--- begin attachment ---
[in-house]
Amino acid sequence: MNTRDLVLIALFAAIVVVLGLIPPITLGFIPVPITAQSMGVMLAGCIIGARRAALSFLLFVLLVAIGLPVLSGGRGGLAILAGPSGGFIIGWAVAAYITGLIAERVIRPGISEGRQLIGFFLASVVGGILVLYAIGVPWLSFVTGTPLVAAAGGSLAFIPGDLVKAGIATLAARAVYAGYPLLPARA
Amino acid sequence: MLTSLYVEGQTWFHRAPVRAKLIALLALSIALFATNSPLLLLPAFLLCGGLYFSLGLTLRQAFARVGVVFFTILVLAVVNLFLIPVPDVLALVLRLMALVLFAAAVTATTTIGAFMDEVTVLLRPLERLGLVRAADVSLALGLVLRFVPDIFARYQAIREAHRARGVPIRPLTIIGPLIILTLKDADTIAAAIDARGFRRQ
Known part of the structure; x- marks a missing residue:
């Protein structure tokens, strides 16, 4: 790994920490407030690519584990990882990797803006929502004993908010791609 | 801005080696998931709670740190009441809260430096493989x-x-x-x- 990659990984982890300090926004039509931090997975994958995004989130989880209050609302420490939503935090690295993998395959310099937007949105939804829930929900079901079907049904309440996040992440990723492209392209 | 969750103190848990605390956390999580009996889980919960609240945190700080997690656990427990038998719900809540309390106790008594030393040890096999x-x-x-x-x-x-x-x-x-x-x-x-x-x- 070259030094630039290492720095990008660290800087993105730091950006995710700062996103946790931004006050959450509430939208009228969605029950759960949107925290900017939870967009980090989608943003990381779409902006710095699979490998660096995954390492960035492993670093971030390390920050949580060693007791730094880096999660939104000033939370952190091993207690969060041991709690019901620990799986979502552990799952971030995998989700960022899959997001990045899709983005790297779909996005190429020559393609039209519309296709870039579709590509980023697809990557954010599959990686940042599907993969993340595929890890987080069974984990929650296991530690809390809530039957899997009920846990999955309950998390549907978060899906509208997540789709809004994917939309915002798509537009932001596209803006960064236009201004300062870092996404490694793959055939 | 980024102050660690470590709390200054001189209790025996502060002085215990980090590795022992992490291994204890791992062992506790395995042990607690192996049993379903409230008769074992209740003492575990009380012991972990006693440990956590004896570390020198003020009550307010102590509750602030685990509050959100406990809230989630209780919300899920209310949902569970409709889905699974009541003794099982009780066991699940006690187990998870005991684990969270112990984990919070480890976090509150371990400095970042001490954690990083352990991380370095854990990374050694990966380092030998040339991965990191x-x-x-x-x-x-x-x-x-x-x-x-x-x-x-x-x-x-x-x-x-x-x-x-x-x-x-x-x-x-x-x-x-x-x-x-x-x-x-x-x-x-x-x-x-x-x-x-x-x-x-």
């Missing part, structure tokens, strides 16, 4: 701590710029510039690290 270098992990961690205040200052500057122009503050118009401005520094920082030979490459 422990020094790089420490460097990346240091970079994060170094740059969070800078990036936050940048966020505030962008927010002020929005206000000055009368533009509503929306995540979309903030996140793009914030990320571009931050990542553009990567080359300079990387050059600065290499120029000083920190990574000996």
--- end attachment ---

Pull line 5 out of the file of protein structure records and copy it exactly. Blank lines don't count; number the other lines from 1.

């Protein structure tokens, strides 16, 4: 790994920490407030690519584990990882990797803006929502004993908010791609 | 801005080696998931709670740190009441809260430096493989x-x-x-x- 990659990984982890300090926004039509931090997975994958995004989130989880209050609302420490939503935090690295993998395959310099937007949105939804829930929900079901079907049904309440996040992440990723492209392209 | 969750103190848990605390956390999580009996889980919960609240945190700080997690656990427990038998719900809540309390106790008594030393040890096999x-x-x-x-x-x-x-x-x-x-x-x-x-x- 070259030094630039290492720095990008660290800087993105730091950006995710700062996103946790931004006050959450509430939208009228969605029950759960949107925290900017939870967009980090989608943003990381779409902006710095699979490998660096995954390492960035492993670093971030390390920050949580060693007791730094880096999660939104000033939370952190091993207690969060041991709690019901620990799986979502552990799952971030995998989700960022899959997001990045899709983005790297779909996005190429020559393609039209519309296709870039579709590509980023697809990557954010599959990686940042599907993969993340595929890890987080069974984990929650296991530690809390809530039957899997009920846990999955309950998390549907978060899906509208997540789709809004994917939309915002798509537009932001596209803006960064236009201004300062870092996404490694793959055939 | 980024102050660690470590709390200054001189209790025996502060002085215990980090590795022992992490291994204890791992062992506790395995042990607690192996049993379903409230008769074992209740003492575990009380012991972990006693440990956590004896570390020198003020009550307010102590509750602030685990509050959100406990809230989630209780919300899920209310949902569970409709889905699974009541003794099982009780066991699940006690187990998870005991684990969270112990984990919070480890976090509150371990400095970042001490954690990083352990991380370095854990990374050694990966380092030998040339991965990191x-x-x-x-x-x-x-x-x-x-x-x-x-x-x-x-x-x-x-x-x-x-x-x-x-x-x-x-x-x-x-x-x-x-x-x-x-x-x-x-x-x-x-x-x-x-x-x-x-x-x-």